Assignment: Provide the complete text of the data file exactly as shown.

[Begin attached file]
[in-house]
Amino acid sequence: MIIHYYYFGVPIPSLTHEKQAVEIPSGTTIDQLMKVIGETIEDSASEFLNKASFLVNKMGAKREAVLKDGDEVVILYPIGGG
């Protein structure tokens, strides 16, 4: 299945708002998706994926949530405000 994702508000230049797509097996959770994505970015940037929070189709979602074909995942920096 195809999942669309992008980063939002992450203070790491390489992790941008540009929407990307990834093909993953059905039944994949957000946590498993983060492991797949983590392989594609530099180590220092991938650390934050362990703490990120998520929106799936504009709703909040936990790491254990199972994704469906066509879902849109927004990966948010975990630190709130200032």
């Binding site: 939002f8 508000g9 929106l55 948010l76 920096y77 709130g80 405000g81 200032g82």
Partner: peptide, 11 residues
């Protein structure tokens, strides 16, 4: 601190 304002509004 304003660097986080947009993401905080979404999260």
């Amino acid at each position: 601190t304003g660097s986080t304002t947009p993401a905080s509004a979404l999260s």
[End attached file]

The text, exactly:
[in-house]
Amino acid sequence: MIIHYYYFGVPIPSLTHEKQAVEIPSGTTIDQLMKVIGETIEDSASEFLNKASFLVNKMGAKREAVLKDGDEVVILYPIGGG
């Protein structure tokens, strides 16, 4: 299945708002998706994926949530405000 994702508000230049797509097996959770994505970015940037929070189709979602074909995942920096 195809999942669309992008980063939002992450203070790491390489992790941008540009929407990307990834093909993953059905039944994949957000946590498993983060492991797949983590392989594609530099180590220092991938650390934050362990703490990120998520929106799936504009709703909040936990790491254990199972994704469906066509879902849109927004990966948010975990630190709130200032």
């Binding site: 939002f8 508000g9 929106l55 948010l76 920096y77 709130g80 405000g81 200032g82």
Partner: peptide, 11 residues
């Protein structure tokens, strides 16, 4: 601190 304002509004 304003660097986080947009993401905080979404999260």
């Amino acid at each position: 601190t304003g660097s986080t304002t947009p993401a905080s509004a979404l999260s």